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Abu Dhabi, UAESaturday 23 June 2018

Key to saving corals from climate change may lie in Arabian Gulf

New research finds genetic differentiation in corals of Arabian Gulf and Gulf of Oman 

Researchers at NYU Abu Dhabi examine coral in the Arabian Gulf and Gulf of Oman in hopes that it will provide new insight into how corals around the world will be able to cope with climate change. Courtesy NYU Abu Dhabi
Researchers at NYU Abu Dhabi examine coral in the Arabian Gulf and Gulf of Oman in hopes that it will provide new insight into how corals around the world will be able to cope with climate change. Courtesy NYU Abu Dhabi

Researchers are one step closer to seeing if Arabian Gulf corals provide a lifeline for coral reefs worldwide under threat from rising sea temperatures.

The Arabian Gulf’s high salinity and temperatures provide scientists with a unique living laboratory in the fight against climate change.

NYU Abu Dhabi researchers performed DNA analysis on corals collected from reefs in the Arabian Gulf near Abu Dhabi and from sites in the slightly cooler Gulf of Oman around Fujairah and Muscat.

The purpose of the research is to map out the genome of coral reefs in the Gulf and study what gives them the ability to tolerate and survive the salinity and harsh conditions that other reefs could suffer from.

Results will help scientists better understand the super gene which makes them tolerant to temperatures around 36C and determine if coral reefs around the world have a better chance of coping with global warming.

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Read more:

Surveillance of our coral reefs could benefit oceans worldwide

Arabian Gulf may hold key to coral survival

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The coral samples from the two Gulf seas revealed important differences. The Arabian Gulf corals and their algae were found to be genetically distinct from their counterparts in Gulf of Oman.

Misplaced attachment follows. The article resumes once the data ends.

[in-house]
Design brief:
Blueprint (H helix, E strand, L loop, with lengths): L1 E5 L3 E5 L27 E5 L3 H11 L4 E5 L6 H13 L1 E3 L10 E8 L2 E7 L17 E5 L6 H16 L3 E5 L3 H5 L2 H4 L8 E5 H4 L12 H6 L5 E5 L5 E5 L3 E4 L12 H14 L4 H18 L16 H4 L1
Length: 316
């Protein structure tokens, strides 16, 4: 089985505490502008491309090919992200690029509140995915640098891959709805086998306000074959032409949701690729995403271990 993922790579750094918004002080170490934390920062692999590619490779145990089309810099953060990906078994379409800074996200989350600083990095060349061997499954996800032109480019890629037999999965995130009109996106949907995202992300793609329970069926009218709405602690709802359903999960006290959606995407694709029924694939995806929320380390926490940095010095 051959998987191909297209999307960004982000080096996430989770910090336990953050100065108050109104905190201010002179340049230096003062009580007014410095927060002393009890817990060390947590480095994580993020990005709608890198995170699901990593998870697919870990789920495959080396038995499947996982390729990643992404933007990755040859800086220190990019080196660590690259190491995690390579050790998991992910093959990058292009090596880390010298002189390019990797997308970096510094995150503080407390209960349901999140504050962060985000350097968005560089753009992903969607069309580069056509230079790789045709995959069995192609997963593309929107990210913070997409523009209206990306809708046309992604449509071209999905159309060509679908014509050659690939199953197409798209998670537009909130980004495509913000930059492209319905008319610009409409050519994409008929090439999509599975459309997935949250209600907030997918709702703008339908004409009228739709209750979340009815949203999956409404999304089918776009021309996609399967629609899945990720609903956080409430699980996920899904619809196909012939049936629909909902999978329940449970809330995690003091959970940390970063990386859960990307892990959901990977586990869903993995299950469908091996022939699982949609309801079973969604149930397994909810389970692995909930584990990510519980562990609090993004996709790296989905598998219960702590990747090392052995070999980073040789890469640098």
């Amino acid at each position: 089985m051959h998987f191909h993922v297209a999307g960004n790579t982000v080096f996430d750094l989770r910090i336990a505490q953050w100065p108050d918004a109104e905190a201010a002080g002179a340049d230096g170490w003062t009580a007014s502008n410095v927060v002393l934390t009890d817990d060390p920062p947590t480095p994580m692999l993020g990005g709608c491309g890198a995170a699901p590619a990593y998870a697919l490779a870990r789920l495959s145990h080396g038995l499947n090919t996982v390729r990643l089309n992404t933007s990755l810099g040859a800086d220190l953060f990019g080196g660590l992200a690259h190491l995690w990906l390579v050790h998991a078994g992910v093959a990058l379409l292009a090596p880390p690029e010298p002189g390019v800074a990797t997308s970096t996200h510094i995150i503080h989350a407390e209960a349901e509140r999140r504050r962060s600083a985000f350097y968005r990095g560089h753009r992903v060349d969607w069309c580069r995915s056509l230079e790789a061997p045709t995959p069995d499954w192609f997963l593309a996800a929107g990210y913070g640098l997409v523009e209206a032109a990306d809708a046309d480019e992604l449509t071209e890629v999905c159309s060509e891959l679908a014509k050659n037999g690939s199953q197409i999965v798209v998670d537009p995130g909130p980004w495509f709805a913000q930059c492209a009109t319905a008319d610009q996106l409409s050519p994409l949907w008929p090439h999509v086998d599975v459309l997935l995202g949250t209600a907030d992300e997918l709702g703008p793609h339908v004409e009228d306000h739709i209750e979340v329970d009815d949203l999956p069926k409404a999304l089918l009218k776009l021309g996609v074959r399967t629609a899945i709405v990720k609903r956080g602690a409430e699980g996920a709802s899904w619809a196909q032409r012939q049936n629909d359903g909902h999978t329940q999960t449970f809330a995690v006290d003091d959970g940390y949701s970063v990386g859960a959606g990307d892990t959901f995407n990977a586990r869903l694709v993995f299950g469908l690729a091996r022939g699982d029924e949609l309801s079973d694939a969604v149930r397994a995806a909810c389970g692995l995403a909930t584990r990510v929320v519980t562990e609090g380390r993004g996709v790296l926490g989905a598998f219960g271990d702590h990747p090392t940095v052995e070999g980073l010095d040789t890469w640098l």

NYUAD researcher Dr Emily Howells previously carried out studies with researchers at Zayed University in Abu Dhabi and Oregon State University in the United States, that revealed genetic differences between corals living off Abu Dhabi’s Saadiyat Island (in the very warm Arabian Gulf) and corals off Fujairah (in the slightly milder Gulf of Oman).

The findings had also showed that corals off Abu Dhabi had indeed adapted genetically to warmer conditions.

The researchers at NYUAD also studied the algae that live in the coral tissue to discern why the corals are different and what changed to allow them to survive in such high temperatures.

A new study published in the scientific journal PLOS On investigated the genetic structure of the coral platygyra daedalea and algae in the Arabian Gulf and the Gulf of Oman.

“This will help us understand the mechanisms involved in coral thermal adaptation, and provide new insight into whether corals elsewhere in the world will be able to cope with climate change,” said Edward Smith, postdoctoral associate researcher at NYU Abu Dhabi.

“Once we can understand that then we can look at corals elsewhere to say that maybe certain regions or certain types of corals share biological similarities with those that we find within the Gulf.”

Coral reefs are under intense pressure from climate change. When sea temperatures rise, corals expel the algae living in their tissues, causing the coral to turn white. The phenomenon known as coral bleaching occurred on a mass scale in Australia on the Great Barrier Reef and experts expect continued damage in coming years.

Although coral reefs cover only less than one per cent of the world’s sea, a quarter of the marine species are found on the corals.

Arabian Gulf coral reefs are the most diverse ecosystems in the region and support economic industries such as fisheries.

“Unfortunately, the conditions that have made Arabian Gulf corals among the hardiest known to science, also makes them vulnerable: they are living in very stressful conditions, and any further stress can push them over the edge”, said John Burt, NYUAD associate professor of biology.

“In the past three decades we’ve witnessed widespread degradation of reefs around the region, with sedimentation from coastal development and nearshore reclamation being the prime culprits,” he said.

“If we are to conserve these scientifically and economically important natural assets, management efforts to limit human stressors are critical.”